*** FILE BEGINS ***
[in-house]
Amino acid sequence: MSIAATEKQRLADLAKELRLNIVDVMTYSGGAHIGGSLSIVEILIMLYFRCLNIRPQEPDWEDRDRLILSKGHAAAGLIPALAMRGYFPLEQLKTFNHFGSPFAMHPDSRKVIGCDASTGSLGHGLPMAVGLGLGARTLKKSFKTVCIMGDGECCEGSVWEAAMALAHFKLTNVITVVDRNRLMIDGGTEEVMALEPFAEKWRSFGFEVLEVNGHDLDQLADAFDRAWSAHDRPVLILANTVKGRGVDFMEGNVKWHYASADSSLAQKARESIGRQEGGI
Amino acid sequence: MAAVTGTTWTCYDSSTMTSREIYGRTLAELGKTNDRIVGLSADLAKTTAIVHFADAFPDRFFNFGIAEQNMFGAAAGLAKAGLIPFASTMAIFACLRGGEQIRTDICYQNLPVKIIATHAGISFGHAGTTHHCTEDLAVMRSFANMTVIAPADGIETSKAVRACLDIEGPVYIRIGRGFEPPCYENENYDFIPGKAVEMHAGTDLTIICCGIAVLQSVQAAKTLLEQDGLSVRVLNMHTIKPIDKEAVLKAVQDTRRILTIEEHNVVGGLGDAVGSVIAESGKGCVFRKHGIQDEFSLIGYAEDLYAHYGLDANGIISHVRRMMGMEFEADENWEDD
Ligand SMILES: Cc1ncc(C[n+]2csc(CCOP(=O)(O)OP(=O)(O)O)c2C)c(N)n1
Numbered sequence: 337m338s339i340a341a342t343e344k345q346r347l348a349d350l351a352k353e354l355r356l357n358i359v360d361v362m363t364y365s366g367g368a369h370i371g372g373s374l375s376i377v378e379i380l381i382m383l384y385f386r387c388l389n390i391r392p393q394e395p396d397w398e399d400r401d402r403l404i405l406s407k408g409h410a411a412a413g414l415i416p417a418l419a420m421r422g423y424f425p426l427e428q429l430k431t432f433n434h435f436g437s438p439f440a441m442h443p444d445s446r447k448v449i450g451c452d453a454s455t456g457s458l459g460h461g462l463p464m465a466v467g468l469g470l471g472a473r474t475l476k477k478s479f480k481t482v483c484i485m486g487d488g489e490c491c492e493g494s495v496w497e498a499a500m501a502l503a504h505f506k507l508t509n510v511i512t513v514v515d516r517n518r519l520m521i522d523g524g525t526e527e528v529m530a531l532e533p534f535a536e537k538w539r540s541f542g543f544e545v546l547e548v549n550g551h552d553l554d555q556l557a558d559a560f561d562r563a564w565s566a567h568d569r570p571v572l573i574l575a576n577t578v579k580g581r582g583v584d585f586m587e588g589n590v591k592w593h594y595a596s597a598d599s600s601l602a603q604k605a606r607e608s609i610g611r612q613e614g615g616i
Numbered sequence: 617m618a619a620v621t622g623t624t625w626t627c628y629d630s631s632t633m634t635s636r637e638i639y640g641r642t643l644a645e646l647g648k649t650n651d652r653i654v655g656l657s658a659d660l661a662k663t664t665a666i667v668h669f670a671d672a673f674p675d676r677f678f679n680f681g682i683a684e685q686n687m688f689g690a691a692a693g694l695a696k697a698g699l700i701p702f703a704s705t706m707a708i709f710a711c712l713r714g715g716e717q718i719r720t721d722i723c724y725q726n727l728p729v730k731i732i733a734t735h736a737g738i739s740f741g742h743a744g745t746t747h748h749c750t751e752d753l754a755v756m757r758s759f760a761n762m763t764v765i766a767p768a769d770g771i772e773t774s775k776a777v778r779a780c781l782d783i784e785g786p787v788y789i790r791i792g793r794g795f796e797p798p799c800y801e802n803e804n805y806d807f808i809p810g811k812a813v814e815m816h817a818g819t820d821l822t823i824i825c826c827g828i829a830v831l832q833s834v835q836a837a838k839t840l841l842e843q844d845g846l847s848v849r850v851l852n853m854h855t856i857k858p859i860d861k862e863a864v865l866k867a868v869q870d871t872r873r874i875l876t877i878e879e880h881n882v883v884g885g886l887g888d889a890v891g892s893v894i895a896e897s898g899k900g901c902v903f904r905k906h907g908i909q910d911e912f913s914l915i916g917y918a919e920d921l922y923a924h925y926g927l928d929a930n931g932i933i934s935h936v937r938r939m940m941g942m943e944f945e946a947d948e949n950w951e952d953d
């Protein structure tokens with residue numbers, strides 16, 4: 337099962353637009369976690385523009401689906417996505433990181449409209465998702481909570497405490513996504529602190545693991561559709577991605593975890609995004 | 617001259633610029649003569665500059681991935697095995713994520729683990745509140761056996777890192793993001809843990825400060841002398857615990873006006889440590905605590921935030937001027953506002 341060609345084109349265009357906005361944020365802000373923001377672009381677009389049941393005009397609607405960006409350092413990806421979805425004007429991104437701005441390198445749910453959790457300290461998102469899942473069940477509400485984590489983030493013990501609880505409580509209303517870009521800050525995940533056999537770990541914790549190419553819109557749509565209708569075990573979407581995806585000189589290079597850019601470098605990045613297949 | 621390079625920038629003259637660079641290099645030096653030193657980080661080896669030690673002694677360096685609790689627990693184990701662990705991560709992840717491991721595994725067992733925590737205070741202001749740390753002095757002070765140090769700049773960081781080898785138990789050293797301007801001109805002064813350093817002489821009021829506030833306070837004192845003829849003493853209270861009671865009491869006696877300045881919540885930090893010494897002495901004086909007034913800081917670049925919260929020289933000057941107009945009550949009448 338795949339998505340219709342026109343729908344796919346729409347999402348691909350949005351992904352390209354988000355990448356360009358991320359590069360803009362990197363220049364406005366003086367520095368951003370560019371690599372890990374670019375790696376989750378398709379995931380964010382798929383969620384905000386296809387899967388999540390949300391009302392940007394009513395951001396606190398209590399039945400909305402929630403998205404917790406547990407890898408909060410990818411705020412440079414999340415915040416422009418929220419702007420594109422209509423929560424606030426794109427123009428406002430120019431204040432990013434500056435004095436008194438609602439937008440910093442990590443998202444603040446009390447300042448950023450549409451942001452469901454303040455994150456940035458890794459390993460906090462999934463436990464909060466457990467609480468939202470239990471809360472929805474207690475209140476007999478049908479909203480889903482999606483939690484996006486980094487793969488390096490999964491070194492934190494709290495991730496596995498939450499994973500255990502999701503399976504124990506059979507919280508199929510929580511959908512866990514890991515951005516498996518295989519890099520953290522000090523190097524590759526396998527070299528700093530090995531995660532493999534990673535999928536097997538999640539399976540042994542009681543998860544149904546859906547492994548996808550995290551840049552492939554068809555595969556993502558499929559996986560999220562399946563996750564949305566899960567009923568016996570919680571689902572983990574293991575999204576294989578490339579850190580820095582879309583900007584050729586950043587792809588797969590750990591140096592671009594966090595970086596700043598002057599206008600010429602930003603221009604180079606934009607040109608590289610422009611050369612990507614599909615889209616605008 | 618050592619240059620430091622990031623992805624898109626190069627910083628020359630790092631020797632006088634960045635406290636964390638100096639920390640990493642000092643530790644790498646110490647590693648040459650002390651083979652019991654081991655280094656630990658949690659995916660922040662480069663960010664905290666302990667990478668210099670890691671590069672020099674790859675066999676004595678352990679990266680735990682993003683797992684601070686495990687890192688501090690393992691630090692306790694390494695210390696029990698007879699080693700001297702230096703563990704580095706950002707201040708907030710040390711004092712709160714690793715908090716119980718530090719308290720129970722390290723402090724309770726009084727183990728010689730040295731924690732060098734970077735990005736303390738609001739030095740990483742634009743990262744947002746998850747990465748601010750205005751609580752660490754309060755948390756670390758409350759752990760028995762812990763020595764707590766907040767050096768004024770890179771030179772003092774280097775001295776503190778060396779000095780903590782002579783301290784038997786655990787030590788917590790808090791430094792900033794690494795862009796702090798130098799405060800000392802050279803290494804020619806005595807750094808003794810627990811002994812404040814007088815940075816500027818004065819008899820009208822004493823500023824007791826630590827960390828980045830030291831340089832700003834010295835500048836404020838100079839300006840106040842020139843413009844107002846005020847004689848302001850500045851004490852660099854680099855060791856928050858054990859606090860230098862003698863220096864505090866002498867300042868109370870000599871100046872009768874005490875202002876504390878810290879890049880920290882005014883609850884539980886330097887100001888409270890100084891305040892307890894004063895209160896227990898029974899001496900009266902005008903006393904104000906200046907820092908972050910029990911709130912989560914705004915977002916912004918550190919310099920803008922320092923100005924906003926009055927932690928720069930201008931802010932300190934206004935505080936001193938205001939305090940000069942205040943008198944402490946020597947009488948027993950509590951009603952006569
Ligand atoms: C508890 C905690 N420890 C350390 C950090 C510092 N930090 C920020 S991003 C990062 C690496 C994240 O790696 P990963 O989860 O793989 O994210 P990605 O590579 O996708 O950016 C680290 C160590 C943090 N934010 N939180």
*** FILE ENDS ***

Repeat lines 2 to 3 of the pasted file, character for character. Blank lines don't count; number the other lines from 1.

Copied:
Amino acid sequence: MSIAATEKQRLADLAKELRLNIVDVMTYSGGAHIGGSLSIVEILIMLYFRCLNIRPQEPDWEDRDRLILSKGHAAAGLIPALAMRGYFPLEQLKTFNHFGSPFAMHPDSRKVIGCDASTGSLGHGLPMAVGLGLGARTLKKSFKTVCIMGDGECCEGSVWEAAMALAHFKLTNVITVVDRNRLMIDGGTEEVMALEPFAEKWRSFGFEVLEVNGHDLDQLADAFDRAWSAHDRPVLILANTVKGRGVDFMEGNVKWHYASADSSLAQKARESIGRQEGGI
Amino acid sequence: MAAVTGTTWTCYDSSTMTSREIYGRTLAELGKTNDRIVGLSADLAKTTAIVHFADAFPDRFFNFGIAEQNMFGAAAGLAKAGLIPFASTMAIFACLRGGEQIRTDICYQNLPVKIIATHAGISFGHAGTTHHCTEDLAVMRSFANMTVIAPADGIETSKAVRACLDIEGPVYIRIGRGFEPPCYENENYDFIPGKAVEMHAGTDLTIICCGIAVLQSVQAAKTLLEQDGLSVRVLNMHTIKPIDKEAVLKAVQDTRRILTIEEHNVVGGLGDAVGSVIAESGKGCVFRKHGIQDEFSLIGYAEDLYAHYGLDANGIISHVRRMMGMEFEADENWEDD